Communicable Diseases, Emergency Preparedness and Response
Shigellosis is an infection caused by the bacteria Shigella. There are four species of Shigella: S. sonnei, S. flexneri, S. boydii and S. dysenteriae. Shigella is spread via the fecal oral route and easily transmitted from person to person through exposure to a small number of bacteria.
Symptoms of disease can range from mild to severe and include: fever, stomach cramps, and diarrhea. Severity of disease varies by Shigella species. Symptoms typically develop one to three days after infection and generally resolve in five to seven days. Shigella bacteria can stay in the stool of an infected person up to four weeks after symptoms resolve and rarely even longer.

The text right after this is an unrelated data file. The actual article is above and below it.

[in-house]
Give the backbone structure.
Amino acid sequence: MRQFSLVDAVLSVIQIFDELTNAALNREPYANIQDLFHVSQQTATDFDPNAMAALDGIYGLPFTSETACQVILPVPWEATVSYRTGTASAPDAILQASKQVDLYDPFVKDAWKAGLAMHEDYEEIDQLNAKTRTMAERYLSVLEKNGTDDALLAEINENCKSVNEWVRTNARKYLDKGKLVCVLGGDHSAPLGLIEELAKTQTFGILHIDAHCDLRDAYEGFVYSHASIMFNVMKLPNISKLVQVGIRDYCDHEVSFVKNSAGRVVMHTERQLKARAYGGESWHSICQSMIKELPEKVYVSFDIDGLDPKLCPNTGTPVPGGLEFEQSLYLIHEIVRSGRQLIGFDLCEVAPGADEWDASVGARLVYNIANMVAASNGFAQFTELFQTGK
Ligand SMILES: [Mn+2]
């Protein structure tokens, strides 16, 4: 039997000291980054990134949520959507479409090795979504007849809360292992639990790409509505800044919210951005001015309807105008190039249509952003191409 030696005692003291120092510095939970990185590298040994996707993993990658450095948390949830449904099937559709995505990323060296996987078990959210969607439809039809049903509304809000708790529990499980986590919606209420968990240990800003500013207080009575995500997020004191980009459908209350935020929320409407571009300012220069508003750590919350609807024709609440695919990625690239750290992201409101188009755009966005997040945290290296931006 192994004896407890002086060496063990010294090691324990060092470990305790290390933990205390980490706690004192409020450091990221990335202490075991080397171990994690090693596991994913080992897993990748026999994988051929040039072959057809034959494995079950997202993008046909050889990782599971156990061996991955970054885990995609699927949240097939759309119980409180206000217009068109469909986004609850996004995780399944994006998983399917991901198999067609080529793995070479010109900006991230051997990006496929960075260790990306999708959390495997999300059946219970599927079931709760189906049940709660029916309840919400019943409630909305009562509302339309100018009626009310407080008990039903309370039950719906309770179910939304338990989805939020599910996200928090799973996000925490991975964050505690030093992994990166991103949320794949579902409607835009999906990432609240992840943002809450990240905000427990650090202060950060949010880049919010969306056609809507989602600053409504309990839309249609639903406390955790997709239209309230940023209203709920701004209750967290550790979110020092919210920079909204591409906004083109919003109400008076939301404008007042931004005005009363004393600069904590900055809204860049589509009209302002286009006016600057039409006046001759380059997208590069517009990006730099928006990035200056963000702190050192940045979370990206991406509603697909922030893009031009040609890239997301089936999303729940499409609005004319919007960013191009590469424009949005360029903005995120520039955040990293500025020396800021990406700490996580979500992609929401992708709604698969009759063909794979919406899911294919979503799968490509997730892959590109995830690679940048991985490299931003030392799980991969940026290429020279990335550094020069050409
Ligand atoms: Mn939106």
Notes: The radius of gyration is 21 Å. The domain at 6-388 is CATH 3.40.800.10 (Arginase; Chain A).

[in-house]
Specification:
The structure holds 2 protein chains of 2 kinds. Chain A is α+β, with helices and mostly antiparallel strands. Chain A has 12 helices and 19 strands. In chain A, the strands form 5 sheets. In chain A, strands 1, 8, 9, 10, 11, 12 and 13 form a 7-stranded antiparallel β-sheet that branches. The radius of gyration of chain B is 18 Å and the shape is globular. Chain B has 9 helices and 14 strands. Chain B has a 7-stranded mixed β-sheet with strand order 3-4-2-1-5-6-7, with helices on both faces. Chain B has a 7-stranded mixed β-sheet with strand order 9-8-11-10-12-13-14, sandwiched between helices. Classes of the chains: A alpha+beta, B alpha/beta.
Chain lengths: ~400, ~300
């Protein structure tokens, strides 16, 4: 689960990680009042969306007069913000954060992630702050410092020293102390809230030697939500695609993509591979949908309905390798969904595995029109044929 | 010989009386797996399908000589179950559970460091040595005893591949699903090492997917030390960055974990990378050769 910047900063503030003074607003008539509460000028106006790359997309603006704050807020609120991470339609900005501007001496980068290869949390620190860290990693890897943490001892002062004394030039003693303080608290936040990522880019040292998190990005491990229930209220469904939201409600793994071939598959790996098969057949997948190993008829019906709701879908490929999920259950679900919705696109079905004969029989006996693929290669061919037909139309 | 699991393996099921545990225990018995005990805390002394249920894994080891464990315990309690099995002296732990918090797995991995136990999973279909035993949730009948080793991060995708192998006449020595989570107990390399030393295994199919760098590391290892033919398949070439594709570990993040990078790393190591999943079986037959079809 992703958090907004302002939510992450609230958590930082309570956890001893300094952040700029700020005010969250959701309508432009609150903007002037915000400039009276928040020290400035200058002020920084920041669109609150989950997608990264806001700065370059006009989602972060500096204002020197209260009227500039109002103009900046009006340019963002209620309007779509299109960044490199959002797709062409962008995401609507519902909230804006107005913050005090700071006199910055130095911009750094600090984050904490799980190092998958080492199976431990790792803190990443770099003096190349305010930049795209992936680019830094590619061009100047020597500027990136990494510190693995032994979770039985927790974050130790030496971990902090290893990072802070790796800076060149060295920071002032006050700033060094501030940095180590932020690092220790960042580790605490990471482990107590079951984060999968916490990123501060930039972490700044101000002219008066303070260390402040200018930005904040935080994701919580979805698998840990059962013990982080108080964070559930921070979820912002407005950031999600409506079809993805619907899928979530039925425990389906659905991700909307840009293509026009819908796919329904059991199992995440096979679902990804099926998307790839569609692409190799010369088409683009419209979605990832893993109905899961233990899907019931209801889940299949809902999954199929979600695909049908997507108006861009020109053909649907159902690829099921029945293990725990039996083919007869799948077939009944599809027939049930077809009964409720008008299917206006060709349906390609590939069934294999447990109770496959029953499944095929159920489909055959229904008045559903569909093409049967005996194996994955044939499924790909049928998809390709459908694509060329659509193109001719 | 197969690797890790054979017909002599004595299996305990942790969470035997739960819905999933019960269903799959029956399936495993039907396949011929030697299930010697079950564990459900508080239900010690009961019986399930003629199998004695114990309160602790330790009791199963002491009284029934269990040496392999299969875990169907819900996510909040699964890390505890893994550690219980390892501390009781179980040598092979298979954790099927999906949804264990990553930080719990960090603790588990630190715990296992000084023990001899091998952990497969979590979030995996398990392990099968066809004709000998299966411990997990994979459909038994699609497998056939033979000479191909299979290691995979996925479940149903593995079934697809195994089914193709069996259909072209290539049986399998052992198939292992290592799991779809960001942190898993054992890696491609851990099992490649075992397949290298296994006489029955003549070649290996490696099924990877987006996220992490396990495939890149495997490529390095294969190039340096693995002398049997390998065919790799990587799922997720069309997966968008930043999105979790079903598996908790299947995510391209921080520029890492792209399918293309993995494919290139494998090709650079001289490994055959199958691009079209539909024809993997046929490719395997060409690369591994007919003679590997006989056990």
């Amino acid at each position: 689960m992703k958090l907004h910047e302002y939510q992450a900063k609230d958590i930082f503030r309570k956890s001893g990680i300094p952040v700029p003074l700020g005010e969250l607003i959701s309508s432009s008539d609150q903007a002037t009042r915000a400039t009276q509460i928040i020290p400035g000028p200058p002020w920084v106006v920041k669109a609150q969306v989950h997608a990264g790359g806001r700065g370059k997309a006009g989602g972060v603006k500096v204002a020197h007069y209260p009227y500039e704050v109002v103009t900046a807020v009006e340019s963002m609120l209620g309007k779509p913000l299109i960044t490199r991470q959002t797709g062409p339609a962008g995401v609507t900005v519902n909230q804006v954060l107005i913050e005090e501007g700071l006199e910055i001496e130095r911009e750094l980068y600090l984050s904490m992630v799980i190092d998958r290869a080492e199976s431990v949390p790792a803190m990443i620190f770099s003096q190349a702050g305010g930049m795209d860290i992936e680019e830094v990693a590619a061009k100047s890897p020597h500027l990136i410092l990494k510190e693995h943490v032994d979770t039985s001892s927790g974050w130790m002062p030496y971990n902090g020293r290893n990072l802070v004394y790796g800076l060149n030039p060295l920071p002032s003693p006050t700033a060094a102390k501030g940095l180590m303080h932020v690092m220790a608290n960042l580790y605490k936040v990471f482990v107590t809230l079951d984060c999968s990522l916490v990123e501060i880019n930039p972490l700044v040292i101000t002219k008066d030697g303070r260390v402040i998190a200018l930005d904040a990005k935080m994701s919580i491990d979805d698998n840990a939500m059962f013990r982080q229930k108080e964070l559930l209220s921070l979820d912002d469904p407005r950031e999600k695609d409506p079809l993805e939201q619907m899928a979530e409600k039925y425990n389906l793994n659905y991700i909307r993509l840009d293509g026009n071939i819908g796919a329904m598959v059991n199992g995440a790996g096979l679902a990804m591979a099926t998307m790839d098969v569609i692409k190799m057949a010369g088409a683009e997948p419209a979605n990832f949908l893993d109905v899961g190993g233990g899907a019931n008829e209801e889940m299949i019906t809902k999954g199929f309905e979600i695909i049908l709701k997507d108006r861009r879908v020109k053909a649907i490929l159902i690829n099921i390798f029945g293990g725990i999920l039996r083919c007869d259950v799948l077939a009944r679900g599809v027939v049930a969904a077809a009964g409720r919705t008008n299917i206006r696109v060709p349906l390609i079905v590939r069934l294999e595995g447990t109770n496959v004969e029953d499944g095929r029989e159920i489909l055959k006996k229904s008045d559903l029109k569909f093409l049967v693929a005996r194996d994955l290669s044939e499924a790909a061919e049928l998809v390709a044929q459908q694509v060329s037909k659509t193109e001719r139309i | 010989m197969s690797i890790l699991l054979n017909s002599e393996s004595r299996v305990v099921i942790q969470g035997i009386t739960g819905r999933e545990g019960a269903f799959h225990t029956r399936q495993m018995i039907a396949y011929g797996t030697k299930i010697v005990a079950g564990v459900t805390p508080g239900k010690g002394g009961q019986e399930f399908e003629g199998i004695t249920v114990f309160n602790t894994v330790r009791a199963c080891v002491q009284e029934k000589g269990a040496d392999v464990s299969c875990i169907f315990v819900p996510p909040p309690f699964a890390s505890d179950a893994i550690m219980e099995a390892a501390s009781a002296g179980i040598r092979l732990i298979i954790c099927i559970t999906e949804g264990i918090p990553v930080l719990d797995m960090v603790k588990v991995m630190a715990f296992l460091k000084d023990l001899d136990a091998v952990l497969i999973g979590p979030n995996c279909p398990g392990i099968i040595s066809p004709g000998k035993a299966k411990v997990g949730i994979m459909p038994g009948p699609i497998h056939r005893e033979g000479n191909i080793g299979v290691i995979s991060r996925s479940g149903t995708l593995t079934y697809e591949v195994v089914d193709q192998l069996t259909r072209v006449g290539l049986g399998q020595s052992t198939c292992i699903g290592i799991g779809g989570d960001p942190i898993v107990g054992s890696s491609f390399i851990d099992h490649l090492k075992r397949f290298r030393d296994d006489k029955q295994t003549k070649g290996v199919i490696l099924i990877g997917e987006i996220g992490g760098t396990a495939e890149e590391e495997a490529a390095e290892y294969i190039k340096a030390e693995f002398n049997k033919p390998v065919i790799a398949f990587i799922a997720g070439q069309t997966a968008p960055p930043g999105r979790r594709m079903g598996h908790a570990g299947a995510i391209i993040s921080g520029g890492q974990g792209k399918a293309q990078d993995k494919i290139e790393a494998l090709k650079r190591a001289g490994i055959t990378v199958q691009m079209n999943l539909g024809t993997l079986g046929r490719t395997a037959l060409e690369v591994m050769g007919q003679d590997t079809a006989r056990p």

Shigella infection may occur after eating or drinking contaminated food or water or exposure to feces through eating contaminated food, after diapering, and sexual contact. Those at highest risk of Shigella infection include children under the age of five and their caregivers, particularly those in day care settings. Individuals who practice anal-oral sex and travelers visiting developing countries are also at increased risk of infection.
Shigellosis can be prevented by practicing frequent and thorough hand washing, by taking appropriate food safety measures, avoiding water that has not been treated and using safer sexual practices.